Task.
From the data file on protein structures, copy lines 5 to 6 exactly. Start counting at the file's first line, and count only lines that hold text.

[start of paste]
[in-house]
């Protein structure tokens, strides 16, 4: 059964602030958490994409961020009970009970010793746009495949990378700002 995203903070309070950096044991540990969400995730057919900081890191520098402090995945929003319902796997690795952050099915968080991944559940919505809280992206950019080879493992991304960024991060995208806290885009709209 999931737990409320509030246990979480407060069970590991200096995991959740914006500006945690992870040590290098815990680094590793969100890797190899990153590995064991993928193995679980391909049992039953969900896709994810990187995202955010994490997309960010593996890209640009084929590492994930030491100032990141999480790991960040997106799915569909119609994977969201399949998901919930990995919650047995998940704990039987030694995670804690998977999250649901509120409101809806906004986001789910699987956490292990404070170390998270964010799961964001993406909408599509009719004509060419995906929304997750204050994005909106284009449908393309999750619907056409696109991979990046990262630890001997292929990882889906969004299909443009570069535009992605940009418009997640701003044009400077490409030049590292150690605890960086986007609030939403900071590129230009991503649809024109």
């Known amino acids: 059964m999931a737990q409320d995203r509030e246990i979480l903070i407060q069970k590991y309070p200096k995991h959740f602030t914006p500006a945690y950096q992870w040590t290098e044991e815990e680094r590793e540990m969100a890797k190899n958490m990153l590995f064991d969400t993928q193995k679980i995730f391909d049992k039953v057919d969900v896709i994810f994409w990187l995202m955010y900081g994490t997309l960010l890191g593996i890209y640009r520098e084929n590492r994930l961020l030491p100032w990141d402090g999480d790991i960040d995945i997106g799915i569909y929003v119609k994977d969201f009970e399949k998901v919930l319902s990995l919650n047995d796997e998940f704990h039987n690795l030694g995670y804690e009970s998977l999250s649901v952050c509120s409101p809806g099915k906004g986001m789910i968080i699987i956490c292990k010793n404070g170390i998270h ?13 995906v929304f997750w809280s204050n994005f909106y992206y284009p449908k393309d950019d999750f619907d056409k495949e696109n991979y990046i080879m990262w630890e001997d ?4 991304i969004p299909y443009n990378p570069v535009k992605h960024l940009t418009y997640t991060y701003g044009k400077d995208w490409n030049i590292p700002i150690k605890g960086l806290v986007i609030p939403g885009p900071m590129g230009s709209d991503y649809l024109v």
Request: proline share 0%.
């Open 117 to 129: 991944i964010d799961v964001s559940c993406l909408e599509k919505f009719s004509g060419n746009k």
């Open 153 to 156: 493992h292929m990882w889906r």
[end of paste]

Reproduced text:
């Open 117 to 129: 991944i964010d799961v964001s559940c993406l909408e599509k919505f009719s004509g060419n746009k």
């Open 153 to 156: 493992h292929m990882w889906r």